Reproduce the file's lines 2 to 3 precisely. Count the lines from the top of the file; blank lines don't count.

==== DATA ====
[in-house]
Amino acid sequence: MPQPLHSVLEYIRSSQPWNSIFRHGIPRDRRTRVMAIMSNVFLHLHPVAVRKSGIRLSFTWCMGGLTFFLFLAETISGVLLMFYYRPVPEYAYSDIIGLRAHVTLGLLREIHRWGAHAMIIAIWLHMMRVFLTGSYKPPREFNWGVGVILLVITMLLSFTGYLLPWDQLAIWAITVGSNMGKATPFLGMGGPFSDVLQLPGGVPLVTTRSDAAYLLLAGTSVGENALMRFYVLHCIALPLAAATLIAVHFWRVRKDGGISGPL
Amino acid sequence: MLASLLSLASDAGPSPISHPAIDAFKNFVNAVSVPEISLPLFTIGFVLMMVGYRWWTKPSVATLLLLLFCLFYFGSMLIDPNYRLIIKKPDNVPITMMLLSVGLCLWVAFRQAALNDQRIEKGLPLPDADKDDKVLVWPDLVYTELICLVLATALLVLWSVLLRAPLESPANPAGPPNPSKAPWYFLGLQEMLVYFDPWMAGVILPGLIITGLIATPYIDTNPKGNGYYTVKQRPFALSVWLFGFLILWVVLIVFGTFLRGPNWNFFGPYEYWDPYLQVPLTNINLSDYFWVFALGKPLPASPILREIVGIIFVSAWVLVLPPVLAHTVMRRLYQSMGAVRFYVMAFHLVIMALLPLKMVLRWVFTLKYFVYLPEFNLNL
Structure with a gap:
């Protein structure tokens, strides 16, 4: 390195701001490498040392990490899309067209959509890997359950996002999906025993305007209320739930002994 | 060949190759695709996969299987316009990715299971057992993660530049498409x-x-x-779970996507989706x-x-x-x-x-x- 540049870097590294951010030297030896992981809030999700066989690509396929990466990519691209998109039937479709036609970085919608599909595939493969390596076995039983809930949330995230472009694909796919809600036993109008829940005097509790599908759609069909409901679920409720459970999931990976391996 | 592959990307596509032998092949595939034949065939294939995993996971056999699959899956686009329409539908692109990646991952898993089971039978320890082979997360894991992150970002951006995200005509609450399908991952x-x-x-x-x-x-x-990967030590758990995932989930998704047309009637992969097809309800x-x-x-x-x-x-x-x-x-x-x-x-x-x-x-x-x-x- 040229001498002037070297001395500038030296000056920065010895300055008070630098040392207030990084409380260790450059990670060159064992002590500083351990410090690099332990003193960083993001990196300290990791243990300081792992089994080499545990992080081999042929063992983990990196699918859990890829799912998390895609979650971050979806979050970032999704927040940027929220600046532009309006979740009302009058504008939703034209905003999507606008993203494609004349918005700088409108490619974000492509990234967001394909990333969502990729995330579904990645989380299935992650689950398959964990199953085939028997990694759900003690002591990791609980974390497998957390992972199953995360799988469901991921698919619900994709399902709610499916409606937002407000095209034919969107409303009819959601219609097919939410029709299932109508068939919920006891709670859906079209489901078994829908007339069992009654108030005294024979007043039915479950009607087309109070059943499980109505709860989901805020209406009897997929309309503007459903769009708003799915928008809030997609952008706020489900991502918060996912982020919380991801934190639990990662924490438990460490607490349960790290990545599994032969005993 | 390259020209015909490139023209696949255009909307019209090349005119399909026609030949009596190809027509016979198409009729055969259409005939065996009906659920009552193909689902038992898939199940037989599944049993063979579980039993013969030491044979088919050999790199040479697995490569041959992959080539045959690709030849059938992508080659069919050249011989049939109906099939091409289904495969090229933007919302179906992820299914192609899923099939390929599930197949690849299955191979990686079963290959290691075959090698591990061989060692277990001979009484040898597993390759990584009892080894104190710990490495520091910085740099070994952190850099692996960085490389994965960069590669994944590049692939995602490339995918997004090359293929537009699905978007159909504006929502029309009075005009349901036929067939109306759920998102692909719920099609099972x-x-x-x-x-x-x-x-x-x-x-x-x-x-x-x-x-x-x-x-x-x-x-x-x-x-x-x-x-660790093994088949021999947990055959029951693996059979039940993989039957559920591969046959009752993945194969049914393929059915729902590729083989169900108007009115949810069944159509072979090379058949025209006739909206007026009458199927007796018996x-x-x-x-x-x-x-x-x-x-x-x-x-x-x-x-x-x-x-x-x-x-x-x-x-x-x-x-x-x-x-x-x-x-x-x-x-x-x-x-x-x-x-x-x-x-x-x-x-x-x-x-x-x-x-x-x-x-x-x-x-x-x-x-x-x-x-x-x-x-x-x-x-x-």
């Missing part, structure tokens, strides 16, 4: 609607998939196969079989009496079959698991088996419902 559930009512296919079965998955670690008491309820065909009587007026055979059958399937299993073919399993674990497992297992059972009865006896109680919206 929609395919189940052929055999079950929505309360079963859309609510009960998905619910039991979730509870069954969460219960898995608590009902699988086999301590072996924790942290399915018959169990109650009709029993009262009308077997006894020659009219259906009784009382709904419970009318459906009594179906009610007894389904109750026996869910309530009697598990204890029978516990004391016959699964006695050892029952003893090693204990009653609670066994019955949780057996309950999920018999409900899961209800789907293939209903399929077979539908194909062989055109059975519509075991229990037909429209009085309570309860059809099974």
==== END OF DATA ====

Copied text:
Amino acid sequence: MPQPLHSVLEYIRSSQPWNSIFRHGIPRDRRTRVMAIMSNVFLHLHPVAVRKSGIRLSFTWCMGGLTFFLFLAETISGVLLMFYYRPVPEYAYSDIIGLRAHVTLGLLREIHRWGAHAMIIAIWLHMMRVFLTGSYKPPREFNWGVGVILLVITMLLSFTGYLLPWDQLAIWAITVGSNMGKATPFLGMGGPFSDVLQLPGGVPLVTTRSDAAYLLLAGTSVGENALMRFYVLHCIALPLAAATLIAVHFWRVRKDGGISGPL
Amino acid sequence: MLASLLSLASDAGPSPISHPAIDAFKNFVNAVSVPEISLPLFTIGFVLMMVGYRWWTKPSVATLLLLLFCLFYFGSMLIDPNYRLIIKKPDNVPITMMLLSVGLCLWVAFRQAALNDQRIEKGLPLPDADKDDKVLVWPDLVYTELICLVLATALLVLWSVLLRAPLESPANPAGPPNPSKAPWYFLGLQEMLVYFDPWMAGVILPGLIITGLIATPYIDTNPKGNGYYTVKQRPFALSVWLFGFLILWVVLIVFGTFLRGPNWNFFGPYEYWDPYLQVPLTNINLSDYFWVFALGKPLPASPILREIVGIIFVSAWVLVLPPVLAHTVMRRLYQSMGAVRFYVMAFHLVIMALLPLKMVLRWVFTLKYFVYLPEFNLNL